Council pumps up police staffing

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By WAYLON CUNNINGHAM

In a move overturning the city administrator’s effort to reign in police spending, the Liberty Hill City Council voted Monday to add funding for two new patrol officers as well as a clerical position to the city’s proposed 2018 budget.

“This will put us in a much better position to meet the minimum staffing levels,” Police Chief Maverick Campbell told council members afterwards.

The change puts the police department budget at $1.03 million — a 40 percent increase over fiscal 2016, and a 116 percent increase over fiscal 2015 actual expenses.

During preliminary budget talks Campbell originally requested funding for four additional patrol positions and three new vehicles. After discussions with the Mayor and City Administrator, the request was reduced to one additional officer and one clerical position, and two new vehicles.

But during a council budget workshop August 21, Campbell said that although he agreed earlier that day to cut back on his request, it would take two new patrol positions to keep the city covered 24 hours a day with two officers on duty at night.

Monday, the Council voted unanimously to give the police department the two officers he requested, in addition to the clerical position.

Boatright remained largely silent for the discussion except to introduce the agenda item by saying that he “still recommended the budget that was discussed last week.”

Rundzieher asked Campbell if two new patrol officers would allow his department to fill out a 24-hour patrol even in weeks when staffing was temporarily reduced.

“There’s always that 5 percent chance,” Campbell said.

During night hours this summer, the department interrupted one active burglary.

Earlier this month, Boatright was vocal in challenging Campbell’s budget request, saying that last year the Council had been told that eight officers would be sufficient to fill out Campbell’s goal of a 24-hour patrol. The Council had been “generous” in both last year’s budget and with the one currently proposed, he said.

At that point the budget, adding one patrol officer and a clerical position, marked a 33 percent increase from the 2016-2017 budget bringing it to $977,630.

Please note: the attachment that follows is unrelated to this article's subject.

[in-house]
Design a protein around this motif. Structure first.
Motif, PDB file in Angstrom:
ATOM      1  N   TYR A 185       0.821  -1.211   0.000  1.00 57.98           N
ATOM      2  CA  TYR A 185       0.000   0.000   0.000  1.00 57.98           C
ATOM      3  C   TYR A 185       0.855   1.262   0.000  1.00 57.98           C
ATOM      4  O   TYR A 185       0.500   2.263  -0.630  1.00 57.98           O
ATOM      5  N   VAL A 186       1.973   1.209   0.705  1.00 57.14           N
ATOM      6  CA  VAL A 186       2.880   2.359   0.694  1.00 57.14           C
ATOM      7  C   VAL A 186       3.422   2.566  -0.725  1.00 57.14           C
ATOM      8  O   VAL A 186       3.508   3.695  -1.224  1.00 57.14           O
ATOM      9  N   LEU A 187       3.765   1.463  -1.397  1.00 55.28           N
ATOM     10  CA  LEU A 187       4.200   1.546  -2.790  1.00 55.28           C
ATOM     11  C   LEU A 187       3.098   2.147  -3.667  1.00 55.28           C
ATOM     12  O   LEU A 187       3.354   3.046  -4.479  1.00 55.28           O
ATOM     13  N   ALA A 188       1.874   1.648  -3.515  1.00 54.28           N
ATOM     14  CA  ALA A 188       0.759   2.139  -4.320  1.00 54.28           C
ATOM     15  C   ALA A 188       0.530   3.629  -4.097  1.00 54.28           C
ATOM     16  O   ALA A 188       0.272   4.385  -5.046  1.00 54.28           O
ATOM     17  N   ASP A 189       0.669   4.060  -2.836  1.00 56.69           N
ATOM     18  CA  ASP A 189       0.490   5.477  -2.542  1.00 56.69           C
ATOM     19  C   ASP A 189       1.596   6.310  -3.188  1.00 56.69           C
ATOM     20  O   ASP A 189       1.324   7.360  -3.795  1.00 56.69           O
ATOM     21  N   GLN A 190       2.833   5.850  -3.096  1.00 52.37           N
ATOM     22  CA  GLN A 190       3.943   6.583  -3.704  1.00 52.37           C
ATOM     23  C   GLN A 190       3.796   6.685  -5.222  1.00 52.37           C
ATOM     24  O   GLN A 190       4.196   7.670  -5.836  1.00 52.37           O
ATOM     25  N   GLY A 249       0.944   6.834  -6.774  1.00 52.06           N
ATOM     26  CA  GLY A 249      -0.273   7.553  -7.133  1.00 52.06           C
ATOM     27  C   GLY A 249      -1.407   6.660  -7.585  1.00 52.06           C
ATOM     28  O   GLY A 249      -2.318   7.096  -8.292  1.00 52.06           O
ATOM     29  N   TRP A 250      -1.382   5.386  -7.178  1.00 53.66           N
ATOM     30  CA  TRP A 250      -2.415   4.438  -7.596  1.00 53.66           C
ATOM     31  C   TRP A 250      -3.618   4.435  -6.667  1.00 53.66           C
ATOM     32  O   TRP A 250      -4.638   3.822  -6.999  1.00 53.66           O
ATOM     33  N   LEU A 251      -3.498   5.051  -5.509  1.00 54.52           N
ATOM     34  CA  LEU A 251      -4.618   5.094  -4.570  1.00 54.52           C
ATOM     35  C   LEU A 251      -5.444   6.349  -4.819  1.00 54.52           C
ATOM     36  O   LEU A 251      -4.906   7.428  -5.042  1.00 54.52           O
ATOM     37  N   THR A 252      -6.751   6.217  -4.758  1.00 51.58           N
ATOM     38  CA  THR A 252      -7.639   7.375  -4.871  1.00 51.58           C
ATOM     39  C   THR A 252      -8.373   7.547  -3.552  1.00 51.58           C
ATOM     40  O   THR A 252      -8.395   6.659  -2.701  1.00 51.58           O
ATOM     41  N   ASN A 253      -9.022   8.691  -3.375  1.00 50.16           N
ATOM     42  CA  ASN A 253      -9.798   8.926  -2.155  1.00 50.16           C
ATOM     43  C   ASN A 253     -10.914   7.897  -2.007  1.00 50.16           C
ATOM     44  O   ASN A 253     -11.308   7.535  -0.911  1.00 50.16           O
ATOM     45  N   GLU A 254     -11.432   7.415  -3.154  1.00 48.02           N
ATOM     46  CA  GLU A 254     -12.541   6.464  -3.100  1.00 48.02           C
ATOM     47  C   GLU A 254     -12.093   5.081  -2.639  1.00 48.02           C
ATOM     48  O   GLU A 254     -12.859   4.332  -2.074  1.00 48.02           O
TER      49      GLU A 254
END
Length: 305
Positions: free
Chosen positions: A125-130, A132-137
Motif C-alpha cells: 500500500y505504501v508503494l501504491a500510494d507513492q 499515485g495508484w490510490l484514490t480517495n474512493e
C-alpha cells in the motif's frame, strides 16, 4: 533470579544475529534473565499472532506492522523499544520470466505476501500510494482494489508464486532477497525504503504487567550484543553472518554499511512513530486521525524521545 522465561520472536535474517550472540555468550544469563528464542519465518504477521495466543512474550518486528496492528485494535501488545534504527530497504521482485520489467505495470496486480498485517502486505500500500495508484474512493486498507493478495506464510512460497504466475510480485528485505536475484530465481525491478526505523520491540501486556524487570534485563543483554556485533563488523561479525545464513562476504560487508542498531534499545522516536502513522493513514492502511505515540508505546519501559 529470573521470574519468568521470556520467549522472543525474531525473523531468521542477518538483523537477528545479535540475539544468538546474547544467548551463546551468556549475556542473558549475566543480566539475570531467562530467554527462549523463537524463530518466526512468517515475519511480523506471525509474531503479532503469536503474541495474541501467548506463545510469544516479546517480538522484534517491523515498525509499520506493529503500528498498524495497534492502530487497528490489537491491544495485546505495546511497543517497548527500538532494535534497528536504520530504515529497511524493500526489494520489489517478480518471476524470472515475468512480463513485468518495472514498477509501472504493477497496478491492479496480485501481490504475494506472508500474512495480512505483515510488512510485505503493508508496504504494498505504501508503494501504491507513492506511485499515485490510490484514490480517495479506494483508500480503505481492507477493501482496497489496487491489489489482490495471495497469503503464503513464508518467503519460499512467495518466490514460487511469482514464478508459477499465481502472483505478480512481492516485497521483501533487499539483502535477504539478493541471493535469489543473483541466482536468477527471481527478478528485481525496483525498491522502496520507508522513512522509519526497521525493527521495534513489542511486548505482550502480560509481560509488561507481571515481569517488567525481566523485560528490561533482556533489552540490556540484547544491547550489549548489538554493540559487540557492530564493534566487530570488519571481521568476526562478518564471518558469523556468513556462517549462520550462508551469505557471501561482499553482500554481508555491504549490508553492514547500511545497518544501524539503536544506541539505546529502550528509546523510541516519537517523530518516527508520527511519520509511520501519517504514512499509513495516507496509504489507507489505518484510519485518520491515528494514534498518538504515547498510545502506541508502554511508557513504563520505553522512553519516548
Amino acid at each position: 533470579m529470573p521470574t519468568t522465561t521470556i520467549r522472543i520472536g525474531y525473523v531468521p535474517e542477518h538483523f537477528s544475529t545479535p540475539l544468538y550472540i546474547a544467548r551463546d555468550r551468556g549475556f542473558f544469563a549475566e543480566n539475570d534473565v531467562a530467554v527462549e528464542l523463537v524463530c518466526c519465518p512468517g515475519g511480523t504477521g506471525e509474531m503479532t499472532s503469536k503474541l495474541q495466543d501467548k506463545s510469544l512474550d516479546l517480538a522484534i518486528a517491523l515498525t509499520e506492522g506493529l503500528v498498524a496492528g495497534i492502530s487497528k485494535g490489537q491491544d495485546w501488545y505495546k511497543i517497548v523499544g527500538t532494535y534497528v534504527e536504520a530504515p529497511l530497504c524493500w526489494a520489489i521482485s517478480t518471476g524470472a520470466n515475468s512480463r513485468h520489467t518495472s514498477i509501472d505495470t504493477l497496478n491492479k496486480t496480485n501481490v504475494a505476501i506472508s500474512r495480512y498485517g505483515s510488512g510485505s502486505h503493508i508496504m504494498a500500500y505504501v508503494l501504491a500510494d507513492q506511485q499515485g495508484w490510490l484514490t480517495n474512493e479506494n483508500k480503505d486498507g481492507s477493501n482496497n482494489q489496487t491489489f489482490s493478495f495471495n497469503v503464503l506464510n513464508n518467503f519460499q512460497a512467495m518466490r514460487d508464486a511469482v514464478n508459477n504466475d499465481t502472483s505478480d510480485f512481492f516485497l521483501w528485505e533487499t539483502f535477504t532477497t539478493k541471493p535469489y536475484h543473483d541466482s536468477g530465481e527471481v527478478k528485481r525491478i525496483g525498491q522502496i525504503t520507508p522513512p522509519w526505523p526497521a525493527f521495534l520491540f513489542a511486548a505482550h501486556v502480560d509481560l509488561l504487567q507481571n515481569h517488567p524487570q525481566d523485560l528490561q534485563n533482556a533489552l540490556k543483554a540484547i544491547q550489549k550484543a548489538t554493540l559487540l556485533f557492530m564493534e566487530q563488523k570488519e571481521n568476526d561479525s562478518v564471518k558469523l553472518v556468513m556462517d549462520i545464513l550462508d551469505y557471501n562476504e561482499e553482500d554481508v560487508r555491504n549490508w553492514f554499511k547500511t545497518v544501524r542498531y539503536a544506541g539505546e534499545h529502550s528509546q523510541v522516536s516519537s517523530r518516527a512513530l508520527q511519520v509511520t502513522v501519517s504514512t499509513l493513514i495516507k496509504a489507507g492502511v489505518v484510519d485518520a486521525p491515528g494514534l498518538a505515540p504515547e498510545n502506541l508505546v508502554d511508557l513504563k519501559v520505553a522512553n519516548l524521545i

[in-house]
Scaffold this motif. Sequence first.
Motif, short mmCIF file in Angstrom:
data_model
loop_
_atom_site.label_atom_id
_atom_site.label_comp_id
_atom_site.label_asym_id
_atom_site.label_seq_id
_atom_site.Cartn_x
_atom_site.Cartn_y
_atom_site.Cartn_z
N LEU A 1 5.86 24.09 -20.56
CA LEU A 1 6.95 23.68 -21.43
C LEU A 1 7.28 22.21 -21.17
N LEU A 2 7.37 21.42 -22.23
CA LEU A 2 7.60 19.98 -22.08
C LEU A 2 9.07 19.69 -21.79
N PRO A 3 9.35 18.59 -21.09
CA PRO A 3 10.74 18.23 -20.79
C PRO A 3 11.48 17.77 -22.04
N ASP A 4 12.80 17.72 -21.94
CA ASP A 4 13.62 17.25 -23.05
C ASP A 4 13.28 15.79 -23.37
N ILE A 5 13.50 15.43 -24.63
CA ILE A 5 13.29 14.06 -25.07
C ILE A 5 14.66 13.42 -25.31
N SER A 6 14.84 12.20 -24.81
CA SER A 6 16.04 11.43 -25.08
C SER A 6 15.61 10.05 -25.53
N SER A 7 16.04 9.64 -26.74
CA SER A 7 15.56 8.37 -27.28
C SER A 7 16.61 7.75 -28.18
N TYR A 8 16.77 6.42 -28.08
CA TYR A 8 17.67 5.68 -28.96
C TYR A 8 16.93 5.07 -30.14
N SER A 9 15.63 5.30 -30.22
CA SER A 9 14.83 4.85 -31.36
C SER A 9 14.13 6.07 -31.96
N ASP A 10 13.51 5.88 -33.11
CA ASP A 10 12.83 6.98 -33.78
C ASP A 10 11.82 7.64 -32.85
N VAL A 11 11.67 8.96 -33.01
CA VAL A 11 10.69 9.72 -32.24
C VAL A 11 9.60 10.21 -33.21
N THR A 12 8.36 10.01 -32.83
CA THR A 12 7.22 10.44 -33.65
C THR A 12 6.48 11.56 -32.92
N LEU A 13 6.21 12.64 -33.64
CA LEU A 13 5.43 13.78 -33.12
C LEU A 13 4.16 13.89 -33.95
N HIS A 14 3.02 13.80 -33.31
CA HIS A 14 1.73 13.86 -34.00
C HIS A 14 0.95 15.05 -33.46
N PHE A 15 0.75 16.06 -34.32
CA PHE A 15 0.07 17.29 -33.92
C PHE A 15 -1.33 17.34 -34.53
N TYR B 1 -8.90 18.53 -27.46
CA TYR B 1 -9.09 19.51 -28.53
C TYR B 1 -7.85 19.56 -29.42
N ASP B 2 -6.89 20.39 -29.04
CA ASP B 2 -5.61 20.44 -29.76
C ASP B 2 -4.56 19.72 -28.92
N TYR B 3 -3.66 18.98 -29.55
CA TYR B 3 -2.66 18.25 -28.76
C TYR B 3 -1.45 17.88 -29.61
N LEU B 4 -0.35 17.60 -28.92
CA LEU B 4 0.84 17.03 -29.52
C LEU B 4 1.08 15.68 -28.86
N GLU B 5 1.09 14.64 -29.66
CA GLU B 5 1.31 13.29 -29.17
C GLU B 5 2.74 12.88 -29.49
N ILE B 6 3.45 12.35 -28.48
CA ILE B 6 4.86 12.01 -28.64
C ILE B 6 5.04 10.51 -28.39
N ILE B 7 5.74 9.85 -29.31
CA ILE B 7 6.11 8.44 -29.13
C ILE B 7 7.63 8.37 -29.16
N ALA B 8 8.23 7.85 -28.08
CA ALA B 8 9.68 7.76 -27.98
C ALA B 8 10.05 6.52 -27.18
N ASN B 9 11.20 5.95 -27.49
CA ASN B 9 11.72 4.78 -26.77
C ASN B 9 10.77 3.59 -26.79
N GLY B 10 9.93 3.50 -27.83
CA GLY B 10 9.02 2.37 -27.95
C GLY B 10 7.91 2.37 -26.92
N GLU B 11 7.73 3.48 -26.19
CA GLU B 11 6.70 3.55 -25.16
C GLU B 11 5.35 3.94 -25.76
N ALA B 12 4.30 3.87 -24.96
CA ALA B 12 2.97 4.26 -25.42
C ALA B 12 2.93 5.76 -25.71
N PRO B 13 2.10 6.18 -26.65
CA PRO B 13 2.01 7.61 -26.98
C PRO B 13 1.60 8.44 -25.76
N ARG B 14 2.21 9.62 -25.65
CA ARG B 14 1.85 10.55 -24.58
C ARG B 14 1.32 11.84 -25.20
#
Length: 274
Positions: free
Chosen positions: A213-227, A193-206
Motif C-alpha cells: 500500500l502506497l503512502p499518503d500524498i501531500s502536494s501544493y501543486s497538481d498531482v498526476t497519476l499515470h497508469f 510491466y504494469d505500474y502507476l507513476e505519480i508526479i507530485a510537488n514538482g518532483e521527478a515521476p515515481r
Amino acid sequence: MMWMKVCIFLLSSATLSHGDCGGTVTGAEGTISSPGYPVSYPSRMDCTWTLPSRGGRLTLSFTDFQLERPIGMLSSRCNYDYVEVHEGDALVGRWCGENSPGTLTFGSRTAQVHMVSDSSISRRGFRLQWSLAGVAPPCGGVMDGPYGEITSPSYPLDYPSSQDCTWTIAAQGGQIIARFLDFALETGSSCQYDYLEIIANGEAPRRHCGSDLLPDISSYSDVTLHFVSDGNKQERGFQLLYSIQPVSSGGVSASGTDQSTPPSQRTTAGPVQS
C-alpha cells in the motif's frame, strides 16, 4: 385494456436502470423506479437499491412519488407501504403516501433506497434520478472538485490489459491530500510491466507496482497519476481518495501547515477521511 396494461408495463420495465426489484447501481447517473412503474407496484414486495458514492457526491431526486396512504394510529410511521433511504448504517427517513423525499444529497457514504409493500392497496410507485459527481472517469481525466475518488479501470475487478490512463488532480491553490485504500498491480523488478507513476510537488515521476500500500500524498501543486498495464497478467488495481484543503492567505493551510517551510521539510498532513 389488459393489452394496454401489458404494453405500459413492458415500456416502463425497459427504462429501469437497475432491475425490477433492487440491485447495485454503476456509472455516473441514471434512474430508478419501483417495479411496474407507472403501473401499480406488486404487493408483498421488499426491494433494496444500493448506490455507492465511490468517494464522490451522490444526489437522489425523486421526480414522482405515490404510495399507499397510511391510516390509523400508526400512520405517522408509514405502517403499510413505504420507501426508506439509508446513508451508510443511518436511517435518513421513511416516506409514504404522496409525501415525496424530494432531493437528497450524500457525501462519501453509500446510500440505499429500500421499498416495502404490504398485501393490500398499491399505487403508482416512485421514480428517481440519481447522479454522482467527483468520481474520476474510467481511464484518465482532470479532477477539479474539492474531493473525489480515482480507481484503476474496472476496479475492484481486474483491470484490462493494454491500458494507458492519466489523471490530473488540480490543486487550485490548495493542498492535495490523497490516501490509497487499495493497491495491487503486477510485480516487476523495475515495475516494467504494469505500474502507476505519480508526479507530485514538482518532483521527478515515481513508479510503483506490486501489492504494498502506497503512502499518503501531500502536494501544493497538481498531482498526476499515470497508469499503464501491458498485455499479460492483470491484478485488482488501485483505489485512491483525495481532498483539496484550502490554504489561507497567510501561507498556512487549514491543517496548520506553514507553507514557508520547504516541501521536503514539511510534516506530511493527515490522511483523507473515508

Council Member Jon Branigan suggested the department add an additional officer position to serve as a school resource officer, but his suggestion didn’t have full council support.

“We have great schools,” Branigan said, “but dig deeper and you’ll find we have a problem at the high school.” He added that the junior high and intermediate school also “have problems.”

As an example, he said he recently discovered that electronic cigarettes were being exchanged among students.

He suggested that a school resource officer, specially trained for adolescents, could help resolve any issues the high school might have with drug usage or other delinquency.

“Kids aren’t scared of teachers,” he said, adding that the officer should be “jovial” and friendly with the students.

Campbell responded positively to the idea. He said that the officer’s familiarity with the students would be useful during the summer months when school is out.

The position Branigan recommended would be stationed at Liberty Hill’s schools nine months out of the year, and in the city for the summer. Funding for the officer would be divided accordingly between the school district and the city.

The Mayor and other Council members questioned whether school district officials felt as strongly as Branigan suggested.

“It seems to me that if the school was that serious, they would have put it in their budget,” said Mayor Connie Fuller. “We don’t have any official indication that they want this.”

She said that to proceed, Branigan should produce a petition or a public action group.

Council Member Ron Rhea agreed.

“If this is really a big concern, why are they not here?” he said.

Branigan said that action from the Council could prompt the school to do the same.

“If we don’t put this in the budget now, it will get forgotten,” he said.

No action was taken on the school officer.

In August, LHISD Superintendent Rob Hart told The Independent that he didn’t believe it was time to introduce a school resource officer program.

“I won’t say it won’t happen sometime in the future, but we don’t have it planned for this year,” he said. “A lot of background work has to be done on a school resource officer program before it can happen.”